So to start off simple, if you have no gun you cannot be injured by a gun. However, this is America and whether you are a hunter, a gun collector, or are a strong believer in the second amendment- your kids are likely to encounter guns at some point in their life. This is where Smart Parents = Healthy kids. Smart parents will protect their home if there are guns in the house and they will educate their kids about gun safety just in case they run into a gun at little Timmy’s house. Read this simple page from the AAP on gun safety. The main points:
- Always keep guns unloaded.
- Keep guns and bullets separate.
- Keep both locked up and unaccessible to inquisitive kids.
- Keep keys hidden.
Just following these simple rules will virtually eliminate any risk to your child.
So what about the far more riskier swimming pool… Well, there are many things you can do and there is a good summary from the AAP here. First and foremost is to prevent access. This means installing a 4-sided, 4-foot, fence with self-locking gates. While most families that have this kind of access prevention (apartment complex, neighborhood pools, etc.), most backyard pools DO NOT have adequate access restriction. In a paper published in Pediatrics it is estimated that this intervention alone can reduce the number of deaths by about 20% and save around 88 lives per year.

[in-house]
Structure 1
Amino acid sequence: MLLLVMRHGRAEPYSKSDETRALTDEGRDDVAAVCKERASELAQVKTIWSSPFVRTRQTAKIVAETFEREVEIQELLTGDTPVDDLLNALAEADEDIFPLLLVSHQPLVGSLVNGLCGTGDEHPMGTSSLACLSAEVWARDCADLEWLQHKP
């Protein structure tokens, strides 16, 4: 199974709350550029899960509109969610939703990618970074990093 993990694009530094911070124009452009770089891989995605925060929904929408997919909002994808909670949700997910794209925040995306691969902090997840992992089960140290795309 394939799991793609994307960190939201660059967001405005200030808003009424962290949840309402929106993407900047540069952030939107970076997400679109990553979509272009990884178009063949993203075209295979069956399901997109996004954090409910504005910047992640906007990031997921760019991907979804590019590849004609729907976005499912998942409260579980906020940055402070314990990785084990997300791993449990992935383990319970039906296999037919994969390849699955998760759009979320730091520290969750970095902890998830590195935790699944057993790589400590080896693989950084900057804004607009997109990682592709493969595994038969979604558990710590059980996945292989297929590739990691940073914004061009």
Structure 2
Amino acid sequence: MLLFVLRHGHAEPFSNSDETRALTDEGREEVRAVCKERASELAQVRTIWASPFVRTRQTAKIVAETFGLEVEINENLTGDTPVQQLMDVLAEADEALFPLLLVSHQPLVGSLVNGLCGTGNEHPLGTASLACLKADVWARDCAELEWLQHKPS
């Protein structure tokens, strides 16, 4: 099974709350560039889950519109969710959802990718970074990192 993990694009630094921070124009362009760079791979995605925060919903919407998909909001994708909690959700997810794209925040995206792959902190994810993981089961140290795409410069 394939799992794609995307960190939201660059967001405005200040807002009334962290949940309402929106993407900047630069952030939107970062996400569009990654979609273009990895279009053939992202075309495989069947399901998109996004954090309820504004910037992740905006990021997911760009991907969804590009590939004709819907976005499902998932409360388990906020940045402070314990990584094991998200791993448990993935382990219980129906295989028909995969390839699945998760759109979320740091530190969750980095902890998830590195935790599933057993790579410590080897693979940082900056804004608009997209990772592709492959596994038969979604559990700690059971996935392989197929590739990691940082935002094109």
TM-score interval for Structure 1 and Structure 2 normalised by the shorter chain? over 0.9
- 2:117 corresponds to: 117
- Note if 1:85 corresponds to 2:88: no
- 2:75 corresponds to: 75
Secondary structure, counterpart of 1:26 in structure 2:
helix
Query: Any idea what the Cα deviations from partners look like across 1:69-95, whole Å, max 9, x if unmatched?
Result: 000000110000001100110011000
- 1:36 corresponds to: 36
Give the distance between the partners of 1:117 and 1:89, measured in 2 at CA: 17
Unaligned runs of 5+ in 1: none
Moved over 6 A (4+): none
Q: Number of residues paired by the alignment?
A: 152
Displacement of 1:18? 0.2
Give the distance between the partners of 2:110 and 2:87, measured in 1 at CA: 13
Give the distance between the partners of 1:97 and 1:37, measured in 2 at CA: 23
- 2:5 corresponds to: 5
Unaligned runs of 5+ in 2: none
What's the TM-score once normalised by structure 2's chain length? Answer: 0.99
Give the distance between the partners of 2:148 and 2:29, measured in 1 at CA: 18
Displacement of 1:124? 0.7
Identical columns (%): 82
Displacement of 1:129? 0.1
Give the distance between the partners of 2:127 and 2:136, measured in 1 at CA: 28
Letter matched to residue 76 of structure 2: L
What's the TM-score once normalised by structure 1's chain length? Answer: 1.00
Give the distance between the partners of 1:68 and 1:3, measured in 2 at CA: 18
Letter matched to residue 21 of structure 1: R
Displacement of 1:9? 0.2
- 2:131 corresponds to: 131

Now, for those who complain that they do not like the aesthetic appearance of said fence around their beautifully landscaped backyard pool … well I say, I bet you will like the sight of your child (or one of the neighbor kids) at the bottom of that pool even less. Of all the horrible things I have seen in my career, clearly the most devastating thing a parent can go through is their own child drowning in their backyard pool. The guilt will never escape you. If you have the money to spend on a backyard pool, make sure you spend a little extra and put in a proper fence.
Outside of this critical suggestion, other include:
- Small children should ALWAYS be within arms reach.
- An adult certified in CPR should ALWAYS supervise.
- Small children should ALWAYS wear an approved life-vest.
- A blow-up toy-like contraption is NOT a life-vest.
- Keep rescue equipment on hand.
- Remove all toys from the pool after use (so kids are not tempted to reach for them).
With both guns and pools also know that many studies have confirmed two important things regarding small children:
- Swimming lessons DO NOT replace the above guidelines. Small children who cannot swim will still drown if they fall into the swimming pool – even if they had swimming lessons.
- Small children cannot be taught gun safety. They do not have the capacity to understand the finality of the consequences and the danger associated with guns.
If you follow these suggestions you can significantly reduce the risk from either of these dangers and still allow your children to pick their friends and enjoy the summer.